A “flat bastard” is a type of metal file specific to the North American system of pattern coarseness. It refers to the tooth spacing, or number of teeth per inch, on a file, usually a metal one but wood is also possible. This file renders a “bastard cut,” which is the result of having the fewest number of teeth per inch. The more teeth there are on the file, the smoother the finish after filing. Which means that the obverse is also true: the fewer the teeth, the rougher the finish.

This usage is analogous to the bastarda script that was used for less formal, vernacular texts in France and Germany during the fourteenth and fifteenth centuries, bastarda being synonymous with less refined, less polished, less sophisticated. Presumably a liturgical text (in Latin) would not have been printed in such a bastard script, just as a fine wood would not be subjected to a course bastard file, flat or otherwise. Both these uses reassure in their democratic implications, their roughness marking a natural authenticity, an absence of elitism, exclusion, or snobbery. Applying the word faux to your flat bastard or claiming that your flat bastard was better than someone else’s flat bastard because it had, say, even fewer teeth than his—distorts the very idea of the bastard in all its purity.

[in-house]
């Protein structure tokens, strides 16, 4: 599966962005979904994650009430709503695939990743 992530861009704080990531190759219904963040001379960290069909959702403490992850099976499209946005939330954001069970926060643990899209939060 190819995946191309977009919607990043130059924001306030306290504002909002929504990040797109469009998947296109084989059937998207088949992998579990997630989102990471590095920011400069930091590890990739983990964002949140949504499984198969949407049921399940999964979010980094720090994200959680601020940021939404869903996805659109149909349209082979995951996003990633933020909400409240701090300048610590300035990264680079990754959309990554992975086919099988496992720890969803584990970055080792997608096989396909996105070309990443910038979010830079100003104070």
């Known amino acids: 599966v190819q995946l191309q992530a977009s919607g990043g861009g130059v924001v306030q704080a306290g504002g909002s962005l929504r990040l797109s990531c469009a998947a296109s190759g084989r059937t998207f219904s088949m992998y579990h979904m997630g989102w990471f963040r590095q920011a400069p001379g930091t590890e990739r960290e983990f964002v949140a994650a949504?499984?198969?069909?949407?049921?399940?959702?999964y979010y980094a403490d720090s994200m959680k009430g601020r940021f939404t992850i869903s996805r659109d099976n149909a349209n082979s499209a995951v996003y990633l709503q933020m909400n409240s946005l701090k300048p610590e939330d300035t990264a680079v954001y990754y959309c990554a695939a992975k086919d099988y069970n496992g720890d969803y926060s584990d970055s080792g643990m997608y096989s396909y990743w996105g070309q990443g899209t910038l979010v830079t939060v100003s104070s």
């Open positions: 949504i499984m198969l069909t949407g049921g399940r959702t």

Bastard appears numerous times in the King James Bible. In Zechariah 9:6, “And a bastard shall dwell in Ashdod, and I will cut off the pride of the Philistines”; in Hebrews 12:8, “But if ye be without chastisement, whereof all are partakers, then are ye bastards, and not sons”; and in Deuteronomy 23:2, “A bastard shall not enter into the congregation of the Lord; even to his tenth generation shall he not enter in to the congregation of the Lord.” The usage is rather inconsistent from one Bible translation to another, where “mongrel,” “mixed” might be preferred, while in several more recent translations, instead of “bastard,” terms like “foreigner,” “half-breed,” and phrases like “born of a forbidden marriage” appear. The confusion appears to center around the Hebrew concept mamzer. According to rabbinic law, this name refers to offspring of individuals unable to contract a legal marriage, especially if it would be incestuous. The child of parents genealogically free to marry is never understood as a mamzer, regardless of how few teeth it might have.